Years ago, as a young naval officer aboard a U. S. Navy ship in the South Pacific, I took advantage of a Sunday "swim call", an opportunity to take a dip in the ocean. It was a hot day, the sea was truly glassy, as calm as one ever sees it, and a swim seemed a nice way to cool off. So I donned my swimsuit, joined several dozen others, and jumped into the sea which was nearly as warm as the air. The depth of the water at this particular mid-ocean spot could more easily be measured in miles than in feet or fathoms. It was very deep.

At one point, after swimming about for a while, I ducked my head under water and looked down into the depths. There in the South Pacific, not far from the equator, the noonday sun was almost directly overhead and the resulting visual effect was so striking I couldn't turn away but stared down transfixed by the awesome sight. My bare legs dangled in the center of a funnel of light, a brilliant sunlit vortex that pierced the darkness and stretched seemingly forever into the depths of the ocean. Those legs of mine looked tiny indeed, as if they had been pasted, paper doll-like, onto the almost surreal scene that world, sea and sun had presented to me. It was a fearful scene, one that said, "Do you see how small you are? Do you grasp how great is God's creation? Do you see these depths, these darknesses that will forever remain hidden from you? Can you accept your relationship with Me, the I Am that brought you into existence so you can share in mine?"

These questions and more forced their way into my thoughts during that brief moment of revelation. Eventually I raised my head to the surface and gasped for air, confused and awed by what I had encountered there in the sea. I had been humbled by the sea, by the world, by creation, by my Creator. I was truly afraid, not physically afraid, but terrified by what I had learned about myself. Hoping to escape, I swam to the ship and quickly climbed out of the water, but then realized there was no escape. Even aboard a warship, one is dwarfed by the sea, where the expanse of creation is most evident.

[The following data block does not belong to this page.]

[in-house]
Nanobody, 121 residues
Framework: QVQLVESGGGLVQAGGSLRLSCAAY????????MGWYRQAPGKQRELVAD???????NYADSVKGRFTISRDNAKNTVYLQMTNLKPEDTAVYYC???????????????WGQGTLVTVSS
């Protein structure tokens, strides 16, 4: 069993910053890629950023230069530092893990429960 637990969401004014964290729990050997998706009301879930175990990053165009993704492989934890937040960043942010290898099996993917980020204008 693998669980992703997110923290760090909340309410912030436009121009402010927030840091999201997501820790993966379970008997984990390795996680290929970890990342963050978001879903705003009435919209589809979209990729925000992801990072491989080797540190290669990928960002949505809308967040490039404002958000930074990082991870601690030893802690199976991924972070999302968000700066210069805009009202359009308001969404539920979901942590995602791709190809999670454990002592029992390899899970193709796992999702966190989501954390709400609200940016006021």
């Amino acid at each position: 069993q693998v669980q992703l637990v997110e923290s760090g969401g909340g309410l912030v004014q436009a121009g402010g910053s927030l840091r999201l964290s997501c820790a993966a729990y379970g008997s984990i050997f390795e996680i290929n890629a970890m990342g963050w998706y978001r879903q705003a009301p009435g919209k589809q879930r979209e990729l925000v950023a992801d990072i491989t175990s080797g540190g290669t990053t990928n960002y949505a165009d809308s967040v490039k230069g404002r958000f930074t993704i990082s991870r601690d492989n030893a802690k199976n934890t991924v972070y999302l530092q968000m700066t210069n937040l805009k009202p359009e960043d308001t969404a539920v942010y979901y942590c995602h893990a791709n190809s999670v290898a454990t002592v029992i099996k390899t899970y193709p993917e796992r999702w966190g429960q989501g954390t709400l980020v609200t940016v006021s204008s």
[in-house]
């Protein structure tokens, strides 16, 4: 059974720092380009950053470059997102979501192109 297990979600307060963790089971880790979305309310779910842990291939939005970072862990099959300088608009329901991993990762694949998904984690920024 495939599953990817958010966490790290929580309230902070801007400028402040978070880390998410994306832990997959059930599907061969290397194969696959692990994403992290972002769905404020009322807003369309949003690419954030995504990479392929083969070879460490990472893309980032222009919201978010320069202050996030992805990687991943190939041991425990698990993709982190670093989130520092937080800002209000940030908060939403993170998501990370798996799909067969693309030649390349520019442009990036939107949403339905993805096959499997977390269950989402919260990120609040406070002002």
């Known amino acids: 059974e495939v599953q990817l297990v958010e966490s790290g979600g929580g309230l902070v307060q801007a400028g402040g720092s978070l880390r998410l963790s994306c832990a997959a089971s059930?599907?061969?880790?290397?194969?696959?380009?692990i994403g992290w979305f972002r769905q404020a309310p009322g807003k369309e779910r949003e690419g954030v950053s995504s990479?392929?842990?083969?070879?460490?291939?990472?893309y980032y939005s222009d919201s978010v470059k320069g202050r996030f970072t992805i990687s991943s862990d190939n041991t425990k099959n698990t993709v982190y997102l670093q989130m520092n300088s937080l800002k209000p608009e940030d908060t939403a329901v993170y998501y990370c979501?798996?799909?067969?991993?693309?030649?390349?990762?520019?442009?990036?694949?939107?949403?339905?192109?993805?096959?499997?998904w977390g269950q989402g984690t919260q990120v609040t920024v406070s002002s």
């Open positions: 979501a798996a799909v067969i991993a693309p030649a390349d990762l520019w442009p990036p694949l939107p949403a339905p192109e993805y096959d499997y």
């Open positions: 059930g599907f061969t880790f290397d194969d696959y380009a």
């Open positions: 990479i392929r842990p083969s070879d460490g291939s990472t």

How can one be at sea and not be humbled by the experience? Yes, we have climbed into space aboard rockets and have seen the world small, but once we return, when we once again take our proper place on the planet we've been given, we are forced to accept the truth of our relationship with the earth. It is a vast and varied home, this gift to humanity, and our lifetimes are far too short to see it all, to understand it all, to grasp the changes that both nature and human history have wrought. Indeed, it is only at sea where these changes disappear. For today I look out on an ocean that is no different from that which confronted a Phonecian sailor three millennia ago. Humanity may alter the landscape in a thousand ways that hide its past, but the sea is virtually changeless, and it is here that I feel most closely connected with my ancestors...and my descendants.

In a sense this is an antidote to our physical mortality, to that which seems so unjust about life. We all wish we could continue. We wish we could see the world as it was a century ago or as it will be two centuries hence. But we know it cannot be. We are mortal. We must die. And yet, we need only look out over the sea, confident that what we see now will be seen by those who come long after us, just as it was seen by those a thousand years ago.
God's peace...

(Just a note: I took the above photo as we departed Lisbon.)